A phase 3 study evaluating the use of gabapentin alone and in combination with an antidepressant in women with hot flashes who had an inadequate response with antidepressant monotherapy demonstrated that gabapentin reduced hot flashes by approximately 50%, whereas the combination of an anti-depressant with gabapentin appeared to offer no additional benefit.
A phase 3 study evaluating the use of gabapentin alone and in combination with an antidepressant in women with hot flashes who had an inadequate response with antidepressant monotherapy demonstrated that gabapentin reduced hot flashes by approximately 50%, whereas the combination of an anti-depressant with gabapentin appeared to offer no additional benefit. These study results were published in the Journal of Clinical Oncology.
Hormonal therapies have recently fallen out of favor for the treatment of hot flashes. Therefore, nonhormonal treatments, including antidepressants such as venlafaxine and paroxetine, are being used for this condition. The authors noted that women may seek additional treatment, as these agents alone often are not enough to treat this problem. Therefore, the authors set out to evaluate the effect of gabapentin plus an antidepressant versus gabapentin alone in alleviating hot flashes in patients who have experienced inadequate hot flash control with antidepressant monotherapy.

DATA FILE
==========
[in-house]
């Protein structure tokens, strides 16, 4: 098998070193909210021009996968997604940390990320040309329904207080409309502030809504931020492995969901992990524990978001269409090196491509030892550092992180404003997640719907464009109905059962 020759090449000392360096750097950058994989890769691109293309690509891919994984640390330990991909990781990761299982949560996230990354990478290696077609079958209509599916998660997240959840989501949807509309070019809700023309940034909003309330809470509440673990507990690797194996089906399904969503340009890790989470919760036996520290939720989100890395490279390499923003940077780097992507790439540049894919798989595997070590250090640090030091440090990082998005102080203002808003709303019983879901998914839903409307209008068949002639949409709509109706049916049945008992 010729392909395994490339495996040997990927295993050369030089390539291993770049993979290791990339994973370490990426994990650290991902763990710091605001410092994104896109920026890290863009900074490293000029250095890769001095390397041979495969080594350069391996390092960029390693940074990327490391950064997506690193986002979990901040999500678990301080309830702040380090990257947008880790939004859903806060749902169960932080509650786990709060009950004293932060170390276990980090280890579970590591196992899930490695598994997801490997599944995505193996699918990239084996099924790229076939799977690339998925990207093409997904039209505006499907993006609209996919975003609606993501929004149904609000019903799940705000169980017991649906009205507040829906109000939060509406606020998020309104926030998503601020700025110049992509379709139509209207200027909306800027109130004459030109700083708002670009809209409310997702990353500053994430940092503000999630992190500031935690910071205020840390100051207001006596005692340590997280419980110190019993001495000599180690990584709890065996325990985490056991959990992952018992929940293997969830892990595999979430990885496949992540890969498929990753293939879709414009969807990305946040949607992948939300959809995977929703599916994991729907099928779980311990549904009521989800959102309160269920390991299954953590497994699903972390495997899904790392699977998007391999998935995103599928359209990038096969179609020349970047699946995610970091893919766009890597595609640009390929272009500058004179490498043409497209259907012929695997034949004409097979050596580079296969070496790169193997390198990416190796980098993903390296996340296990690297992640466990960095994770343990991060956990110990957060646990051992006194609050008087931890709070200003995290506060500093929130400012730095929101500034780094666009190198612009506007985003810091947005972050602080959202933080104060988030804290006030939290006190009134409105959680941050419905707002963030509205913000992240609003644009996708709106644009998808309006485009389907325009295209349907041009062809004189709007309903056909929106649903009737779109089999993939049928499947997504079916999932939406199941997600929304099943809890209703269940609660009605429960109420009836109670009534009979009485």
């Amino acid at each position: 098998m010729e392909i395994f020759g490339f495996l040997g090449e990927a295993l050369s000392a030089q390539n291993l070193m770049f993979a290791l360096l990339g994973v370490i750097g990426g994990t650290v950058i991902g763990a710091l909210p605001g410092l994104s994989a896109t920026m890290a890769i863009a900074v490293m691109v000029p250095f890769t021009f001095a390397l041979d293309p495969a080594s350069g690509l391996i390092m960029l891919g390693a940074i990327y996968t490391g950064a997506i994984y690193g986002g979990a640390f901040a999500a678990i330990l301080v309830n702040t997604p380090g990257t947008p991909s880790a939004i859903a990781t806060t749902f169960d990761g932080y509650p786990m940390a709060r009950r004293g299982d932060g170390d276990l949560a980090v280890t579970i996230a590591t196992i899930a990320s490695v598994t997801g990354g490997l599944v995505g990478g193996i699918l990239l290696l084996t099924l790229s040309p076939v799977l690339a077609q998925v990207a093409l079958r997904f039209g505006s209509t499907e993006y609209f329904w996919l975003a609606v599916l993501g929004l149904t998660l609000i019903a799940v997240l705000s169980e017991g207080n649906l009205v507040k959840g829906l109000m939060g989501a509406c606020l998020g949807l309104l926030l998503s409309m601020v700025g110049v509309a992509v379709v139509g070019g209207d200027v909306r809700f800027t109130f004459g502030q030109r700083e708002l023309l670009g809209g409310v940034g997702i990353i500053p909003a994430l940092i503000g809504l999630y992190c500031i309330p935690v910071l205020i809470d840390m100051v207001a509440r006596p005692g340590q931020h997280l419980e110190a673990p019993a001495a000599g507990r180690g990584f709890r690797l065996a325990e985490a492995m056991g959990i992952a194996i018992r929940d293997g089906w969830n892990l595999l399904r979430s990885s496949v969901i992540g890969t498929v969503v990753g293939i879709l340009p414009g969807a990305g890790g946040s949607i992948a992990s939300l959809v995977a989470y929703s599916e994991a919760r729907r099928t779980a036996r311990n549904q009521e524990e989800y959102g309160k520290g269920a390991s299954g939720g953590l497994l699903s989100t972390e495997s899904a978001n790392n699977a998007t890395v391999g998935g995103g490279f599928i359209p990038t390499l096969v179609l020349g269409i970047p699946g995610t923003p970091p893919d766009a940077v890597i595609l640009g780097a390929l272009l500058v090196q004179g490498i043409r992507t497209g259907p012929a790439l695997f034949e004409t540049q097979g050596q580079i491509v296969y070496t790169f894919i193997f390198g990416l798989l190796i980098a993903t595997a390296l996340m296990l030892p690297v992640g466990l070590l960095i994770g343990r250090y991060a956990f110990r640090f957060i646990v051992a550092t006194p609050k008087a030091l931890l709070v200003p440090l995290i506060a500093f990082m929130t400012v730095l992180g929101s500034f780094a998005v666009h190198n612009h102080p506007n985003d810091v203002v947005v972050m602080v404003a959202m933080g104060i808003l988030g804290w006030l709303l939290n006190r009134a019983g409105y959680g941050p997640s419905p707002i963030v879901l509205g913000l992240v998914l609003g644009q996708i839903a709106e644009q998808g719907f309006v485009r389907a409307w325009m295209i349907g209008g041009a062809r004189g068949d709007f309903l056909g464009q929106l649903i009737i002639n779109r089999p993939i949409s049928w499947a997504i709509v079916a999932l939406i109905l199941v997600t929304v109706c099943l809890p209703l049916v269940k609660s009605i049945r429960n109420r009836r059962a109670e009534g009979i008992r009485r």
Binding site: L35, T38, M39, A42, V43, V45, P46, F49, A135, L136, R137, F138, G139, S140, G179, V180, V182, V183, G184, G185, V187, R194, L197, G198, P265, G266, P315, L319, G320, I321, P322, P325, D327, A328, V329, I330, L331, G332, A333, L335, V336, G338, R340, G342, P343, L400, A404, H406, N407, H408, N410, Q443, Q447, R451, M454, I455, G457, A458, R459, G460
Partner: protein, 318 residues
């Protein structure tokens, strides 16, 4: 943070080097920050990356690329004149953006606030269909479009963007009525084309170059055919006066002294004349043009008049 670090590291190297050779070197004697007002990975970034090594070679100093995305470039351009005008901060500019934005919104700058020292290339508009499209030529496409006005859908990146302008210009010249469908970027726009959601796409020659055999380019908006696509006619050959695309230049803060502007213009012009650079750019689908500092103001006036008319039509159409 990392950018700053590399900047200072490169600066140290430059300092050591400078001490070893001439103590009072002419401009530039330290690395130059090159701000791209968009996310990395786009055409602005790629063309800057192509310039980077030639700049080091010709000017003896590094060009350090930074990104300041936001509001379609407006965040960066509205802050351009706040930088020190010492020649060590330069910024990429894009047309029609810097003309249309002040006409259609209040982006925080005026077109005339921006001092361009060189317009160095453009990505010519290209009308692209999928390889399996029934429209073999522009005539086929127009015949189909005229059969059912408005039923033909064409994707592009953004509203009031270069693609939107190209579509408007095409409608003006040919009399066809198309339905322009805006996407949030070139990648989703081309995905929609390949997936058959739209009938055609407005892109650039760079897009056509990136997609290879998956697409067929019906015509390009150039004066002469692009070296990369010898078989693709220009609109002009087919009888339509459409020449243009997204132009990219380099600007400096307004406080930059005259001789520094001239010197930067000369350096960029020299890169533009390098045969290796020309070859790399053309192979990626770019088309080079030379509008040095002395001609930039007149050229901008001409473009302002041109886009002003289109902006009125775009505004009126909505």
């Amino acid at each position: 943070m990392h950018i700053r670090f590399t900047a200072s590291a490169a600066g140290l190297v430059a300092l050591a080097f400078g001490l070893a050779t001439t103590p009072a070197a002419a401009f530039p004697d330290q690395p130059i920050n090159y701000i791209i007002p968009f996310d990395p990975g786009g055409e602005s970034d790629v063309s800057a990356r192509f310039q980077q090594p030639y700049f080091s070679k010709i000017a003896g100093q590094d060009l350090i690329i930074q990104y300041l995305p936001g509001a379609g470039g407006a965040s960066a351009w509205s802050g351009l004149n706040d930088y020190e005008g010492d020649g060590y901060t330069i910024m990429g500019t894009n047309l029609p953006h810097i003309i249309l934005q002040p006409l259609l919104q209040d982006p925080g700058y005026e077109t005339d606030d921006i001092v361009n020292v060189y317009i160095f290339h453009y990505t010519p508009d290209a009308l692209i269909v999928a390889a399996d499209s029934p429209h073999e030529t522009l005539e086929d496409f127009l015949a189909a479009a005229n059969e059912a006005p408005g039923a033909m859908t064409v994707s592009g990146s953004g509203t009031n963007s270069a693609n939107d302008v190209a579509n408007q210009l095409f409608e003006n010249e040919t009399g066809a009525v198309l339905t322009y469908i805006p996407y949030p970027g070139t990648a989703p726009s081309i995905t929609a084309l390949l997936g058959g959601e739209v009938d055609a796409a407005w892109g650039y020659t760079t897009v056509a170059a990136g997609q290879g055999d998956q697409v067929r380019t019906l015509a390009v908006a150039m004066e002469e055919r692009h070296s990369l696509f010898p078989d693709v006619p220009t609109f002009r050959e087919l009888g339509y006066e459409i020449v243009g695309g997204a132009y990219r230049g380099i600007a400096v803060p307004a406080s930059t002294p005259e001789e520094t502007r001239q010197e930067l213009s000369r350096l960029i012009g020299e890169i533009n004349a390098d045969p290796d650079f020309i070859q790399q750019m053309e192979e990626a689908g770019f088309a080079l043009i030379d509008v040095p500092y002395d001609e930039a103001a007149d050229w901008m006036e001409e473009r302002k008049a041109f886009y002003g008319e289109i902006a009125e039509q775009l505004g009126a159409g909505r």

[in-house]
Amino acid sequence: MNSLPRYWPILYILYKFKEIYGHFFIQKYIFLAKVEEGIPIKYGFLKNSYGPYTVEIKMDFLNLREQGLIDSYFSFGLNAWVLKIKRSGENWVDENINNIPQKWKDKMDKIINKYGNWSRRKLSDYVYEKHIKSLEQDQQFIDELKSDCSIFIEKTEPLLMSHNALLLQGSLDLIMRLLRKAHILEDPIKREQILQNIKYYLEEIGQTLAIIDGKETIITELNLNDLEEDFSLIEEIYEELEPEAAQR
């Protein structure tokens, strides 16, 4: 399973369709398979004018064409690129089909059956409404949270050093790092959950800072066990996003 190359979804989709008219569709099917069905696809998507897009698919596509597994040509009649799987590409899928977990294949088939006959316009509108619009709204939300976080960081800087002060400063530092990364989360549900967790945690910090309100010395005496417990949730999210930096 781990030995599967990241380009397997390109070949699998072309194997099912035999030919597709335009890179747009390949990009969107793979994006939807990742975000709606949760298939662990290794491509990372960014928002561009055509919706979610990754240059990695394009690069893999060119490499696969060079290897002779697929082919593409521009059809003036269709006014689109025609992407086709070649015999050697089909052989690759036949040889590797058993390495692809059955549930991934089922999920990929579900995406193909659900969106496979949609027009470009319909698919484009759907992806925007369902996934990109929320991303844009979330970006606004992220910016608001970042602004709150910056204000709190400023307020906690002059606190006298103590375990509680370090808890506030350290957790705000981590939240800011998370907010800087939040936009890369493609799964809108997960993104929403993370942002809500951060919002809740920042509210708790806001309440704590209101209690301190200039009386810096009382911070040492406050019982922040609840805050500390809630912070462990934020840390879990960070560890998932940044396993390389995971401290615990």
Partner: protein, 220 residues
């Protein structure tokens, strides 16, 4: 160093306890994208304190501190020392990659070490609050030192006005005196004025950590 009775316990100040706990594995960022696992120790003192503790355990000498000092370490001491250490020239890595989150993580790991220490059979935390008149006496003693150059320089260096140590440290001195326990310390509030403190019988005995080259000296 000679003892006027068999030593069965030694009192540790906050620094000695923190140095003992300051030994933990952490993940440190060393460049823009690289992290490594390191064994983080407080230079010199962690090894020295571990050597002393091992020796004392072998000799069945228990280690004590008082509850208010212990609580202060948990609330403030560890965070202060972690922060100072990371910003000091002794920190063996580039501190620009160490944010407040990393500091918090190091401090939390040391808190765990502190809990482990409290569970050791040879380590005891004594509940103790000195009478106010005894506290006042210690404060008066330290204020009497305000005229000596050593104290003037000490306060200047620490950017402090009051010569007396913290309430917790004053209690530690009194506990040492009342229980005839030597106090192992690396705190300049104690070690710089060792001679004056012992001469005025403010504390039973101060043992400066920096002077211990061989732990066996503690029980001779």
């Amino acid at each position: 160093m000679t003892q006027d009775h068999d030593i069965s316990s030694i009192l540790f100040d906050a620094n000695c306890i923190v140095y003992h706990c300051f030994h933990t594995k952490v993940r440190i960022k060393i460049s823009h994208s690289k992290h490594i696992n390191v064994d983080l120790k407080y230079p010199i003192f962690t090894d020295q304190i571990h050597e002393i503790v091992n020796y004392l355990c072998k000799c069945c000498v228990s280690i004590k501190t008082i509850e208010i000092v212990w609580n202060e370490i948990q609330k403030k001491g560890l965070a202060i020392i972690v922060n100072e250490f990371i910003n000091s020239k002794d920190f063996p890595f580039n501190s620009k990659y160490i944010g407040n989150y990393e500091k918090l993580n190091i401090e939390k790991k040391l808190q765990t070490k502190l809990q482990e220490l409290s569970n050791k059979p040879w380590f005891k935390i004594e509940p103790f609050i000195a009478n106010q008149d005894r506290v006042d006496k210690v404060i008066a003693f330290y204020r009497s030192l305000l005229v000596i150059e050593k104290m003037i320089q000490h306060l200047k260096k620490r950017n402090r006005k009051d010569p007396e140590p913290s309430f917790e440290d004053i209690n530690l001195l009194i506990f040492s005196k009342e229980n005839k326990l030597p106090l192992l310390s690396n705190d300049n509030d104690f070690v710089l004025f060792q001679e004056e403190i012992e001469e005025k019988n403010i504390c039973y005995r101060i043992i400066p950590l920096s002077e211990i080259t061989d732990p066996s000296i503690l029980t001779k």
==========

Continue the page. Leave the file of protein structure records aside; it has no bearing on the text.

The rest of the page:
This randomized trial included women already receiving a stable dose of an antidepressant, either a selective serotonin reuptake inhibitor or a serotonin norepinephrine reuptake inhibitor. A patient-reported incidence of ≥14 hot flashes/wk warranting symptom-relieving treatment was required. Additionally, women had to have a history of breast cancer or a concern about taking hormones due to a fear of breast cancer. Patients could not have had prior gabapentin use and could not be receiving hormonal therapy or chemotherapy within the 4 weeks before the study or have these treatments planned within 5 weeks after the study.
Of 118 women randomized, 113 completed the study, and 91 provided complete data. There were no significant differences between the 2 treatment arms in changes from baseline at Week 4 on hot flash score (P=.37) or hot flash frequency (P=.61). There was an approximate 50% median reduction in hot flash frequency (combination treatment, 54%; 95% CI, 34%–70%; gabapentin monotherapy, 49%; 95% CI, 26%–58%) and hot flash score (combination treatment, 56%; 95% CI, 26%–71%; gabapentin monotherapy, 60%; 95% CI, 33%–73%). There were no statistically significant between-group differences in changes from baseline for toxicities or for any of the QOL evaluations. There was a trend towards increased dizziness in gabapentin-treated patients, observed only during the time when patients were tapering off the antidepressant. There was also a trend towards increased nervousness and mood changes in the gabapentin monotherapy group.
Gabapentin seemed to decrease hot flashes by approximately 50% in women who had inadequate hot flash control with antidepressant monotherapy. This study failed to demonstrate that the combination of an antidepressant and gabapentin was more effective than gabapentin alone in alleviating the symptoms of hot flashes.
SOURCE Loprinzi CL, Kugler JW, Barton DL, et al. Phase III trial of gabapentin alone or in conjunction with an antidepressant in the management of hot flashes in women who have inadequate control with an antidepressant alone: NCCTG N03C5. J Clin Oncol. 2007;25:308–312.